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Listen / Notify - what to do when the queue is full

From: Joachim Wieland <joe(at)mcknight(dot)de>
To: pgsql-hackers(at)postgresql(dot)org
Subject: Listen / Notify - what to do when the queue is full
Date: 2009-11-15 18:19:39
Message-ID: dc7b844e0911151019h791536eaof8e43524f929f675@mail.gmail.com (view raw or flat)
Thread:
Lists: pgsql-hackers
We still need to decide what to do with queue full situations in the proposed
listen/notify implementation. I have a new version of the patch to allow for a
variable payload size. However, the whole notification must fit into one page so
the payload needs to be less than 8K.

I have also added the XID, so that we can write to the queue before committing
to clog which allows for rollback if we encounter write errors (disk full for
example). Especially the implications of this change make the patch a lot more
complicated.

The queue is slru-based, slru uses int page numbers, so we can use up to
2147483647 (INT_MAX) pages with some small changes in slru.c.

When do we have a full queue? Well, the idea is that notifications are written
to the queue and that they are read as soon as the notifying transaction
commits. Only if a listening backend is busy, it won't read the
notifications and
so it won't update its pointer for some time. With the current space we can
acommodate at least 2147483647 notifications or more, depending on the
payload length. That gives us something in between of 214 GB (100 Bytes per
notification) and 17 TB (8000 Bytes per notification). So in order to have a
full queue, we need to generate that amount of notifications while one backend
is still busy and is not reading the accumulating notifications. In general
chances are not too high that anyone will ever have a full notification queue,
but we need to define the behavior anyway...

These are the solutions that I currently see:

 1) drop new notifications if the queue is full (silently or with rollback)
 2) block until readers catch up (what if the backend that tries to write the
    notifications actually is the "lazy" reader that everybody is waiting for to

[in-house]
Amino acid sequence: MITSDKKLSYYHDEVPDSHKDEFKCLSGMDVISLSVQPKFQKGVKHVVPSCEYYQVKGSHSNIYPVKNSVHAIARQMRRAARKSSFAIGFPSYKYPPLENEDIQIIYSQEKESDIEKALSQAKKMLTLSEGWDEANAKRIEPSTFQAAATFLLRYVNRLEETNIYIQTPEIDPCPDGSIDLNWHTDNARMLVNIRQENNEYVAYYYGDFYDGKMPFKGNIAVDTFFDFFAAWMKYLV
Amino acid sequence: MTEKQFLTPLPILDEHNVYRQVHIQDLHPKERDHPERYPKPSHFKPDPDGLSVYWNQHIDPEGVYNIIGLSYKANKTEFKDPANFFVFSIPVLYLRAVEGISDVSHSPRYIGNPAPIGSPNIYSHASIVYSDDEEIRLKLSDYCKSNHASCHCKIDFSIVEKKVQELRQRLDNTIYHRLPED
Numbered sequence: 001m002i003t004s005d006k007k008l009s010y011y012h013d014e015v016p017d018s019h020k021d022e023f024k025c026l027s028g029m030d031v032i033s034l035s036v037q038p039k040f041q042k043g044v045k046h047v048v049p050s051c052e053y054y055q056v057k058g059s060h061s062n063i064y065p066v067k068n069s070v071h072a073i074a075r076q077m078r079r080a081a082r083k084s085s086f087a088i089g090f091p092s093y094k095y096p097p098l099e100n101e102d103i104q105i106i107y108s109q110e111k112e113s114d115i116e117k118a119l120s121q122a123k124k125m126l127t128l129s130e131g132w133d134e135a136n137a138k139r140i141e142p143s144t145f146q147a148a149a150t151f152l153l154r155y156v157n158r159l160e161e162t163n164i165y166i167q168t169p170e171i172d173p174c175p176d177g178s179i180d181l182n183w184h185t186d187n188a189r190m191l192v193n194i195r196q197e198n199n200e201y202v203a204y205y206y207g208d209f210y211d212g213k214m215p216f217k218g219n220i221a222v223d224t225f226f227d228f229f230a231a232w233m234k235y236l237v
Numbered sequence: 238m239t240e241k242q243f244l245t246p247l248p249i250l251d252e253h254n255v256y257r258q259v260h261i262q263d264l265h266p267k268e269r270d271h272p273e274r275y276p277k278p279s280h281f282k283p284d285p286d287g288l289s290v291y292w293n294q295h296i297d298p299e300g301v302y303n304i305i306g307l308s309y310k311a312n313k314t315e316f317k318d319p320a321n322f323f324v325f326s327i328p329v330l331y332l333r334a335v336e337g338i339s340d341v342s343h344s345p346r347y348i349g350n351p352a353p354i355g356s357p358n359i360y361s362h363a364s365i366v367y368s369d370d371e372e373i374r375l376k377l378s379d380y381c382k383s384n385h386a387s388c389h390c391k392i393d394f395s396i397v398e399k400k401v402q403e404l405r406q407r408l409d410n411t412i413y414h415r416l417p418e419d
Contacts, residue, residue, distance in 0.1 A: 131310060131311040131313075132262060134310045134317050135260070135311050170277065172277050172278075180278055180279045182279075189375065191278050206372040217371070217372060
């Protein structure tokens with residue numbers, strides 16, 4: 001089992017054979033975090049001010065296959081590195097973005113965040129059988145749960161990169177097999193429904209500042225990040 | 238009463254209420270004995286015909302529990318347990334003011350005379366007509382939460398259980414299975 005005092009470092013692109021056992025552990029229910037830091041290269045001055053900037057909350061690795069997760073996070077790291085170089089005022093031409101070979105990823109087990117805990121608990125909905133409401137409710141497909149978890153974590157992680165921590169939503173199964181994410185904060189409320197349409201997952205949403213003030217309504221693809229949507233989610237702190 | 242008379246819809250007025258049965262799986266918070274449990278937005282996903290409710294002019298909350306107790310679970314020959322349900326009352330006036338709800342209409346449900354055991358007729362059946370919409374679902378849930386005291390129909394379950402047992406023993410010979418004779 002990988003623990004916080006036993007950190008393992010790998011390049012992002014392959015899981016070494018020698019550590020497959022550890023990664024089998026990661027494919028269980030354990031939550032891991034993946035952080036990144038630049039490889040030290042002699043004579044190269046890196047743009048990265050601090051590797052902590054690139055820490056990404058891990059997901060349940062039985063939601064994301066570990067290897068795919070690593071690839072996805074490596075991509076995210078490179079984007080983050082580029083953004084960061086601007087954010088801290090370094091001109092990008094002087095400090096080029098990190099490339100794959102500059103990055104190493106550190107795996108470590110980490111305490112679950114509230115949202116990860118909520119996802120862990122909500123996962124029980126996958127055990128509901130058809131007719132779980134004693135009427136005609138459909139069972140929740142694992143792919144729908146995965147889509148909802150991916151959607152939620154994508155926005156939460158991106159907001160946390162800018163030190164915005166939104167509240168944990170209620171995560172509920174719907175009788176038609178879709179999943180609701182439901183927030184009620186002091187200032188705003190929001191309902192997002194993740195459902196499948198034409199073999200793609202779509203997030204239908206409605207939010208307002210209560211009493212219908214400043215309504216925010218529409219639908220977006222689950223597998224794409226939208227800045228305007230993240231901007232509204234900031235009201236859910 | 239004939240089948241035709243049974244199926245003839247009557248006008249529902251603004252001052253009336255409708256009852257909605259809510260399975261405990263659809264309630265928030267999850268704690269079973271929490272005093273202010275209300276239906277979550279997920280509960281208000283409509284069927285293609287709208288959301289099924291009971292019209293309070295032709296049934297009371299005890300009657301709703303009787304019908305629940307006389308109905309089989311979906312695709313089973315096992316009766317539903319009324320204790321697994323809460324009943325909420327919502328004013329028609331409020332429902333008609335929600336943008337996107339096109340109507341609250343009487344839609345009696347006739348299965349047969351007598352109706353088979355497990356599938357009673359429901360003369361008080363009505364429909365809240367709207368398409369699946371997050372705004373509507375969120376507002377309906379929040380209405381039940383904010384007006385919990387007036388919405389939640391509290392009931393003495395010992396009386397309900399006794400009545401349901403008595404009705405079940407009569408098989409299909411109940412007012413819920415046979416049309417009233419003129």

proceed?)
 3) invent a new signal reason and send SIGUSR1 to the "lazy" readers, they
    need to interrupt whatever they are doing and copy the
notifications into their
    own address space (without delivering the notifications since they are in a
    transaction at that moment).

For 1) there can be warnings way ahead of when the queue is actually full, like
one when it is 50% full, another one when it is 75% full and so on and
they could
point to the backend that is most behind in reading notifications...

I think that 2) is the least practical approach. If there is a pile of at least
2,147,483,647 notifications, then a backend hasn't read the notifications
for a long long time... Chances are low that it will read them within the next
few seconds.
In a sense 2) implies 3) for the special case that the writing backend is
the one that everybody is waiting for to proceed reading notifications,
in the end this backend is waiting for itself.

For 3) the question is if we can just invent a new signal reason
PROCSIG_NOTIFYCOPY_INTERRUPT or similar and upon reception the backend
copies the notification data to its private address space?
Would this function be called by every backend after at most a few seconds
even if it is processing a long running query?

Admittedly, once 3) is in place we can also put a smaller queue into
shared memory
and remove the slru thing alltogether but we need to be sure that we can
interrupt the backends at any time since the queue size would be a lot smaller
than 200 GB...


Joachim

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